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Behavioral Economics & Health IT

by Jack Santos  |  May 26, 2010  |  2 Comments

In the interests of full disclosure, I live in  the state of New Hampshire in the U.S., which some of you may know has a motto of “Live Free or Die”.

Pretty blunt, I know.  And my wife, liberal that she is, every year asks the state if its ok to get a license plate WITHOUT that motto (to no avail).

I mention that because the current trend in US healthcare is to realize that all of the work done on reform to date will make only a minor dent in the real problem: the cost.  I suppose it depends on your point of view if its a problem. I once worked for a Hospital CEO that felt (wrongly) that what the population spends on hospital healthcare was a fraction of what they spend on cosmetics – so it is much ado about nothing.

The Massachusetts reform model, which was a precursor to national efforts, has shown that healthcare reform has had very little impact on costs – in fact, it probably increased costs. 

So the current thinking is that the only way to impact costs is to impact behavior (so says this recent article in Modern Healthcare).  The poster child for that line of thinking is smoking cessation programs – that lead to drops in mortality, and lung cancer, hence system savings in hospitalization and care.  No doubt.  So the model can extend to eating (obesity), exercise (or lack of it), sun exposure, use of seat belts, whether you rock climb, look both ways when crossing a street, wash your hands for 10 seconds 20 times a day, etc etc. 

Just how far we go beyond education (through incentive payments or just plain legal efforts) is a big question.  That became clear in a recent visit to Phoenix, when I saw this:

Picture 015

Here we are, in a fairly windy area (at the start of a hike to a popular mountain), and if you smoke, please stay in your car.  But not if your car happens to be a mobile restaurant.  I don’t know, it just struck me as a bit over the top. BTW – I never have smoked, don’t have many friends that do, and hate it when someone next to me does smoke. But Pleeeaassee…

The trend toward “behavioral economics” affects IT from the perspective of  how we design our current batch of clinical and patient health systems, and will only accelerate as we deploy home health care systems that monitor citizen health 24X7 through wireless technologies – even for the healthy.  Imagine getting an email from the doc because of an alert at the central office that says your cholesterol spiked last night.  So much for take out.  No pizza for you.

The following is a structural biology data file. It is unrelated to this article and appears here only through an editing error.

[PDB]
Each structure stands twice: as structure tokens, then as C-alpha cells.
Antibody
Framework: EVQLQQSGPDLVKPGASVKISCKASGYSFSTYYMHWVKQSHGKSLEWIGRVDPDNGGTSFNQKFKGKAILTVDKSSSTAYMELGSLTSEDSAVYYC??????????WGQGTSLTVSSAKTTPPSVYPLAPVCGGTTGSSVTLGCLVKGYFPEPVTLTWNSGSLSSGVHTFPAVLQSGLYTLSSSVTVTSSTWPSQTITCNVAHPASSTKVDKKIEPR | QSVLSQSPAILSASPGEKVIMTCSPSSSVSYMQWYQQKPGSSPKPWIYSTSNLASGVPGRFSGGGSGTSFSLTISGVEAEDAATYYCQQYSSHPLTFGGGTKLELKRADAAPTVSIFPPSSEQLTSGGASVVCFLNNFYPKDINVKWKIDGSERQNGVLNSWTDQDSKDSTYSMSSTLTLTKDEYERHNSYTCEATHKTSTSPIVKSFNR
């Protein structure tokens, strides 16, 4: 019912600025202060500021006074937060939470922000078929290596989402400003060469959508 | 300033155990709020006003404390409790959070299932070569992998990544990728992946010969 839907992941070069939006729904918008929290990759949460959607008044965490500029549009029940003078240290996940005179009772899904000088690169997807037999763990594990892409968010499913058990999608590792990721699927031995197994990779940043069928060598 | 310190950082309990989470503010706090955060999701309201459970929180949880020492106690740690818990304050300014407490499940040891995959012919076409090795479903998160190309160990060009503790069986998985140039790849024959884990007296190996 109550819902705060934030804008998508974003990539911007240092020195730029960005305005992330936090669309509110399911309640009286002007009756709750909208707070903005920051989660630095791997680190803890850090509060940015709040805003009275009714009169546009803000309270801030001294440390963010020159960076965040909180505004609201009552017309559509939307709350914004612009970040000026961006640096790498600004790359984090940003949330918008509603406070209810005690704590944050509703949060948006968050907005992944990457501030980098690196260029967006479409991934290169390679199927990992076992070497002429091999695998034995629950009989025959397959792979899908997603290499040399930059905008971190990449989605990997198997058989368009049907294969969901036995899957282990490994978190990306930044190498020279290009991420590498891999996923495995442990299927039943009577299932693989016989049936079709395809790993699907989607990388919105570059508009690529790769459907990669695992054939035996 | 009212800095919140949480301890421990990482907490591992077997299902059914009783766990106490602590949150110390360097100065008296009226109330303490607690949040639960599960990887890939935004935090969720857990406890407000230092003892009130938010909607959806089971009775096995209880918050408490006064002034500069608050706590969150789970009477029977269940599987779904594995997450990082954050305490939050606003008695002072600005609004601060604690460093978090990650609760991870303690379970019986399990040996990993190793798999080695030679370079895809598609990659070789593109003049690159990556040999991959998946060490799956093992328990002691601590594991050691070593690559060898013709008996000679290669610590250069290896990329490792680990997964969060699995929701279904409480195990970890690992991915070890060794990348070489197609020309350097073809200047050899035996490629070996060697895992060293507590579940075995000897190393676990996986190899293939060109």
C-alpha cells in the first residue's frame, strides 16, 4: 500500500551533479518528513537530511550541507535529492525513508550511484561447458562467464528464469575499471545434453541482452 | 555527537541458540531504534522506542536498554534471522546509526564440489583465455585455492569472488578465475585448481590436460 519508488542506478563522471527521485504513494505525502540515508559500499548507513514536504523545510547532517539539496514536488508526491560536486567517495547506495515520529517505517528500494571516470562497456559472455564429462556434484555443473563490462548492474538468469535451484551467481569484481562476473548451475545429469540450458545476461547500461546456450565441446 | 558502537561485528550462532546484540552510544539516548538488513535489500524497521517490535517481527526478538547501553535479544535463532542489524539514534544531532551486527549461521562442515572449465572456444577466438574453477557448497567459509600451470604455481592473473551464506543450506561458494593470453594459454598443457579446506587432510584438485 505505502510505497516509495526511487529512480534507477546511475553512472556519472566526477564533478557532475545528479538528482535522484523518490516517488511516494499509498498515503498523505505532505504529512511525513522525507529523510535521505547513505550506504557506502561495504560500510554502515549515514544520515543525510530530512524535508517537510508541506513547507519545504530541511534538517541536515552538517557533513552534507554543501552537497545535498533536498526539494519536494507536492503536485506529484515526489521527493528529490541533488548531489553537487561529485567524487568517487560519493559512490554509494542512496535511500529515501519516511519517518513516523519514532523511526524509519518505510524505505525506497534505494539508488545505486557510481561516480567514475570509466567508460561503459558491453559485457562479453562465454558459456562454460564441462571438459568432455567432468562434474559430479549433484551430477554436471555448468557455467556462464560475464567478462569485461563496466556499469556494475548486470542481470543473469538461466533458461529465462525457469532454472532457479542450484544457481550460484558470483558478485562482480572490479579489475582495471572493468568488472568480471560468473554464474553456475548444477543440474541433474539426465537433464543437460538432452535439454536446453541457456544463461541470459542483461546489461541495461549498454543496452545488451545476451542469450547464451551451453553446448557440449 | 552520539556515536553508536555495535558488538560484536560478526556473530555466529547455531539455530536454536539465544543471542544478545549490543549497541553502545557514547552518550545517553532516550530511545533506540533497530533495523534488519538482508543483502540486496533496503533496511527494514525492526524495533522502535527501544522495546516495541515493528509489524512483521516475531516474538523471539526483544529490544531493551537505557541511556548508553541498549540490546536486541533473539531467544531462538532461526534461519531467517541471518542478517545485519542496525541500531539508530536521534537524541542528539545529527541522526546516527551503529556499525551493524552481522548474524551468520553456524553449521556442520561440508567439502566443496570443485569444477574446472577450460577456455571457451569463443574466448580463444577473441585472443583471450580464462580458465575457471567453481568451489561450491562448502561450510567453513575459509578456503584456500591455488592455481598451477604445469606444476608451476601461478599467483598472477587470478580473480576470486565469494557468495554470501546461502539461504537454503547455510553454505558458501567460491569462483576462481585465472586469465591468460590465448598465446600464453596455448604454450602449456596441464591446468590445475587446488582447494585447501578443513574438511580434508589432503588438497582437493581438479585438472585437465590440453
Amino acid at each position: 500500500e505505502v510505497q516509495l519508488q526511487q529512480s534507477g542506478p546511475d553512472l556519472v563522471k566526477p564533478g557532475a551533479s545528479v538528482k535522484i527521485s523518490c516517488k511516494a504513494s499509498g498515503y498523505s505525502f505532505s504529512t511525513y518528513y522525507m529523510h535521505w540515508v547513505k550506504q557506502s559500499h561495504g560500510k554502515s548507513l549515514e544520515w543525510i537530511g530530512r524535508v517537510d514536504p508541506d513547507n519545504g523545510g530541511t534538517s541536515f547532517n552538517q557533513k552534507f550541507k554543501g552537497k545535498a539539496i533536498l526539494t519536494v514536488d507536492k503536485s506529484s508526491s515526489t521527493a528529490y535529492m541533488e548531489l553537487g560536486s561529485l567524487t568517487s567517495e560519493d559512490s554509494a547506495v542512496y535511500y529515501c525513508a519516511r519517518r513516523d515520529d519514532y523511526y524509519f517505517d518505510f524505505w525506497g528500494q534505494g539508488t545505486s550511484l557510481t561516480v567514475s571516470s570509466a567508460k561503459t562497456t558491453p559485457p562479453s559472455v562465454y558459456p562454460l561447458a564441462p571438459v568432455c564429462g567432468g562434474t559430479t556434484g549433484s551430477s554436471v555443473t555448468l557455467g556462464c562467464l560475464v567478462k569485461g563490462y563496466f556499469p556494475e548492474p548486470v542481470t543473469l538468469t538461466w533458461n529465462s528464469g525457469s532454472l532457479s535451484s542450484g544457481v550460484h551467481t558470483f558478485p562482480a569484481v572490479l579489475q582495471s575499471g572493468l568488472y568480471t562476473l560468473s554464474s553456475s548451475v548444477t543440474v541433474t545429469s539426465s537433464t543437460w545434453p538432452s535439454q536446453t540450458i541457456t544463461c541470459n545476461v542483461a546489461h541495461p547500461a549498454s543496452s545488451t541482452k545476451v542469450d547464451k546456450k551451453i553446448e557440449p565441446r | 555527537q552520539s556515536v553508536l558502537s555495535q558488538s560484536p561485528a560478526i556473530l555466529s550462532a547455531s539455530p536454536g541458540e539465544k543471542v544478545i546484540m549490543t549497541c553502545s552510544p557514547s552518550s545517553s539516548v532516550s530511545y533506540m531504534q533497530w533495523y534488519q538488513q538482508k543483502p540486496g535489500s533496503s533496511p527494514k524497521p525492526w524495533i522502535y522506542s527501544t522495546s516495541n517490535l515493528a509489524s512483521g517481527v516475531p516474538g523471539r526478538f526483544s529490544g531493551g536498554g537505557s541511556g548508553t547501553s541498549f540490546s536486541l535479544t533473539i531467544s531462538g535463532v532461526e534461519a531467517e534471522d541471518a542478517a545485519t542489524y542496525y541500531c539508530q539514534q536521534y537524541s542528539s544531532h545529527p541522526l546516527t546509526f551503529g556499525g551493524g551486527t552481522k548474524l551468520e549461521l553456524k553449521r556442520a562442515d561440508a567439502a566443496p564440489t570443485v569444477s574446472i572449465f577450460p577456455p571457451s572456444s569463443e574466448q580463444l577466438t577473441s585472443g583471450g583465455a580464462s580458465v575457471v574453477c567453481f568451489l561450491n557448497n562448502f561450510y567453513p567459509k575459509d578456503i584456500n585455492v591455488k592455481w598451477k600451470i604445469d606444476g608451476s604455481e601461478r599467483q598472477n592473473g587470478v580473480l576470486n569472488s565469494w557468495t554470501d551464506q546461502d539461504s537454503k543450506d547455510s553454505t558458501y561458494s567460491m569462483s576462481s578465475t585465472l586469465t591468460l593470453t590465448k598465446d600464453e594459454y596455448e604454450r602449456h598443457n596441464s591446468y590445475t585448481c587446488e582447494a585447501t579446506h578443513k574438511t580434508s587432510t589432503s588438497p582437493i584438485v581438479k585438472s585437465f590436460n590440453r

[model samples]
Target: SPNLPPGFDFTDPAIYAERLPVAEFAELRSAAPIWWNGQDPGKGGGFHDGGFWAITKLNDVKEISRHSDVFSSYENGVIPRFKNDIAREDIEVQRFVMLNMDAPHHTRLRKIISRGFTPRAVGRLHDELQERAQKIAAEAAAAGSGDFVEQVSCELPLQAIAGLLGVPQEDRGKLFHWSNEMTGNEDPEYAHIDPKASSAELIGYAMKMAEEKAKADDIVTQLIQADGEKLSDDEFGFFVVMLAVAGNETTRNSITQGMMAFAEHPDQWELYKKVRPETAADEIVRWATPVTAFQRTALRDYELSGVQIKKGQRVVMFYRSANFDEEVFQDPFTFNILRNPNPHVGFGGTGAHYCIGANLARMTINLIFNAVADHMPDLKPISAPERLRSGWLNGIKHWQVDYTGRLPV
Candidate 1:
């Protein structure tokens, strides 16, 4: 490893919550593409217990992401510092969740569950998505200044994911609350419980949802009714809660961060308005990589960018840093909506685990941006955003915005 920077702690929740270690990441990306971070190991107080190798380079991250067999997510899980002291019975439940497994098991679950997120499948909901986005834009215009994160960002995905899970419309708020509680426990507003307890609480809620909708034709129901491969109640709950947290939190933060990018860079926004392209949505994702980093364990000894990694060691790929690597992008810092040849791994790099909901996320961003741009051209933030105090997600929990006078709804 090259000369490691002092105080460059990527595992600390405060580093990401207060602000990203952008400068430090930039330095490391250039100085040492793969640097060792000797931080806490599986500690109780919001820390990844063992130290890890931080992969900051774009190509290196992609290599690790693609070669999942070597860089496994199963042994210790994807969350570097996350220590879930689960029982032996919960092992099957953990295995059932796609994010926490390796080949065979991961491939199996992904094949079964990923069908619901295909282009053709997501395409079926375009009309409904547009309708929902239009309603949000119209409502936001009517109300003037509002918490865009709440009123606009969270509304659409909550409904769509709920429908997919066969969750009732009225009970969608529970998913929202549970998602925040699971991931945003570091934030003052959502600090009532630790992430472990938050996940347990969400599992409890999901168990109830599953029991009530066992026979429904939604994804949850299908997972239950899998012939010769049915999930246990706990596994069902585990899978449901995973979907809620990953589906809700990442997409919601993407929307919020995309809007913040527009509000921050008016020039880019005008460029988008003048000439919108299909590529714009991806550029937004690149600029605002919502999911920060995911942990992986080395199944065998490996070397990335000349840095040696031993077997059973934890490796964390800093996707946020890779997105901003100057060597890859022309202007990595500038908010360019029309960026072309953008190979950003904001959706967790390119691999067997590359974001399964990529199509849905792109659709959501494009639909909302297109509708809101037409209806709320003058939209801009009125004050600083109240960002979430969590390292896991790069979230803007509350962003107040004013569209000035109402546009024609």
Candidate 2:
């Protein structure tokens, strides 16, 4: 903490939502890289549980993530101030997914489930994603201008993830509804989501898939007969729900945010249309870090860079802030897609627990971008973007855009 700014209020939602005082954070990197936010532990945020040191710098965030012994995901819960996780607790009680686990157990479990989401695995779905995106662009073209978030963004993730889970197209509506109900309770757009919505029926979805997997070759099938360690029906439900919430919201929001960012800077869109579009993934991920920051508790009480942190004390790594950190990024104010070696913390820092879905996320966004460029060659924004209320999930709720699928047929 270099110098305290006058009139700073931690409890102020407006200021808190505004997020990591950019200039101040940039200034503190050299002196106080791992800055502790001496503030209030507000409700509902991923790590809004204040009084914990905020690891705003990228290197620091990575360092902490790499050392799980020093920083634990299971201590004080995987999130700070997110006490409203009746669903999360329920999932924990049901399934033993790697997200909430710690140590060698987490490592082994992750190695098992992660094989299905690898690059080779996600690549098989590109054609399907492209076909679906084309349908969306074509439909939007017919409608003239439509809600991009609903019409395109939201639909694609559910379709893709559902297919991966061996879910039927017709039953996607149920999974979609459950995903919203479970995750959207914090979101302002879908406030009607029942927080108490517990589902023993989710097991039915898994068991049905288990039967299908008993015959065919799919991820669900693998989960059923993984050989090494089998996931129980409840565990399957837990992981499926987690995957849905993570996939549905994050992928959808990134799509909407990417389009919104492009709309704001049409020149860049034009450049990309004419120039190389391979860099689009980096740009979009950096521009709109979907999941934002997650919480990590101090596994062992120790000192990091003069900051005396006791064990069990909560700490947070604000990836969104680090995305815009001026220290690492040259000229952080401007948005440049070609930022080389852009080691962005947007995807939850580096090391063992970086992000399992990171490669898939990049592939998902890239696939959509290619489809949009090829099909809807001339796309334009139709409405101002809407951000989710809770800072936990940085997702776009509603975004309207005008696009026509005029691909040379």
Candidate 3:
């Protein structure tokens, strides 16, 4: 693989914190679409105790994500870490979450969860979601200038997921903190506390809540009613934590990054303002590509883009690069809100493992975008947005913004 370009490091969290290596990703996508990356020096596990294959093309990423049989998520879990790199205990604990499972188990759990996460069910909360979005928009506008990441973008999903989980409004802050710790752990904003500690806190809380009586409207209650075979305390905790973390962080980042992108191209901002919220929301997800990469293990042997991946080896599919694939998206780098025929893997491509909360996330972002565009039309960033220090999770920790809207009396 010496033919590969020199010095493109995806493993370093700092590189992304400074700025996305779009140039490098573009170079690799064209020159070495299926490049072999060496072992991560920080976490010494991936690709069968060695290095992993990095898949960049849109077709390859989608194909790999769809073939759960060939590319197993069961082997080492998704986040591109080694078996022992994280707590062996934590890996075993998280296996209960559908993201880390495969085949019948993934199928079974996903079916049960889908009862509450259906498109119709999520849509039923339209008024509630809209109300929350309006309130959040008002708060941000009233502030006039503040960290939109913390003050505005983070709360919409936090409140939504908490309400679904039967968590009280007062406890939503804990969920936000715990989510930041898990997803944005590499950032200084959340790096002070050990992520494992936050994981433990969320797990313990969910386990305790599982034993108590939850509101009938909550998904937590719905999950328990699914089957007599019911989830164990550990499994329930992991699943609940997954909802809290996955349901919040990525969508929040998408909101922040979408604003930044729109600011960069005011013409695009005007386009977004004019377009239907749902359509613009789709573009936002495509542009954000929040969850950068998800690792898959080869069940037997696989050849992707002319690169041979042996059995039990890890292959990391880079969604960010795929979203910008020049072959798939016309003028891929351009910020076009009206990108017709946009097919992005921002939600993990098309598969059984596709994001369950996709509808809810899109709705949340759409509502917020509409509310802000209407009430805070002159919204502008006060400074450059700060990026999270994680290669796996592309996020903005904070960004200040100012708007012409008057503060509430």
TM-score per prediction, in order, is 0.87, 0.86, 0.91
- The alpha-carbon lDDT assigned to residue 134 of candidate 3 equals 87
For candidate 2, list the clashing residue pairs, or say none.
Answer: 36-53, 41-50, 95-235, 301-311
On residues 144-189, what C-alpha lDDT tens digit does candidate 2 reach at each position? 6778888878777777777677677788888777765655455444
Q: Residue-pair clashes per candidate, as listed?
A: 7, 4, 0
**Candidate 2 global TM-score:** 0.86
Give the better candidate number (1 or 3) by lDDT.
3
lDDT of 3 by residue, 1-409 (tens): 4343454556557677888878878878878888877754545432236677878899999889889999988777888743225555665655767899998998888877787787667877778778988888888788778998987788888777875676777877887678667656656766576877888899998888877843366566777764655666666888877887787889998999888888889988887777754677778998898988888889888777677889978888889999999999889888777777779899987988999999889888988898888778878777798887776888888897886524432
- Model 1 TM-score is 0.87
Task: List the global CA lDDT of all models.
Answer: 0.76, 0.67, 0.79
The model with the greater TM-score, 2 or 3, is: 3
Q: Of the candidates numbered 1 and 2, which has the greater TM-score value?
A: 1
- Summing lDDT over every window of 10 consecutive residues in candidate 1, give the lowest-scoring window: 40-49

These are significant social issues of choice, education, and compliance – which are coming a us like a freight train.  Because healthcare costs too much.

Which reminds me of the  time I was in Northern Ireland, around the time of the troubles; bombs going off, British troops being deployed, parades in Belfast under siege.  A co-worker and Northern Ireland native grabs me and says “you from New Hampshire in the states?” to which I replied yes. “Humphhh” he says, “Live Free or Die?  Isn’t that a bit drastic?”.

And then a rifle toting soldier asked us to move on. For our own benefit, of course.

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Category: healthcare  operational-technology  

Tags: healthcare  ot  

Jack Santos
Research VP
7 years at Gartner
40 years IT industry

Jack Santos is a Research Vice President with Gartner, part of the Enterprise Architecture and Technology Innovation team within the Gartner for IT Leaders product. He focuses on enterprise architecture and technology trends. Mr. Santos' specific area of research covers individual development, leadership and management practices for enterprise architects, EA innovation, and collaboration approaches. Read Full Bio


Thoughts on Behavioral Economics & Health IT


  1. George McQuilken says:

    Jack, since you know the field better than I, may I ask you a few questions?
    Assuming that a healthy lifestyle will extend your life, does that mean the total cost of your health care during your lifetime will go up or down?
    If you add benefits such as social security to health care, will the lifetime cost to the government of supporting you and your healthy lifestyle be greater or less?

  2. Jack Santos says:

    George puts forth some good questions. People make careers answering these, so as an IT leader, I am certainly not the authoritative source. There is an interesting NIH study on just this topic: http://www.ncbi.nlm.nih.gov/pmc/articles/PMC1361028/ . If you buy the study, 50% of healthcare expenditures comes after age 65, and 2/3rds after the age of 85 – assuming one lives that long. No doubt, there is a correlation with longevity and individual health costs – although given the expense at end of life I suspect it is not as great as one may think, and certainly not the main long-term cost driver we have experienced over the past few decades. Behavioral modification would certainly impact the 50% pre-65 expenditure – but the question is really by how much, and whether it is significant enough given the effort and cost. I suspect the post 65/85 expenditures will stay constant, especially if you move the 65/85 marker commiserate with longevity (which we seem to be doing with the retirement age).

    As for funding, obviously longevity increases cost, and hence government costs. The question in the debate over health care costs is whether that is what accounts for the increase approaching 20% of GDP. I suspect it doesn’t. The other question, still unresolved, is what can we do to impact that cost trend – short of asking people to not live longer (I am sure George was not suggesting this). These are not easy questions. Soylent green, anyone? Thanks, George.



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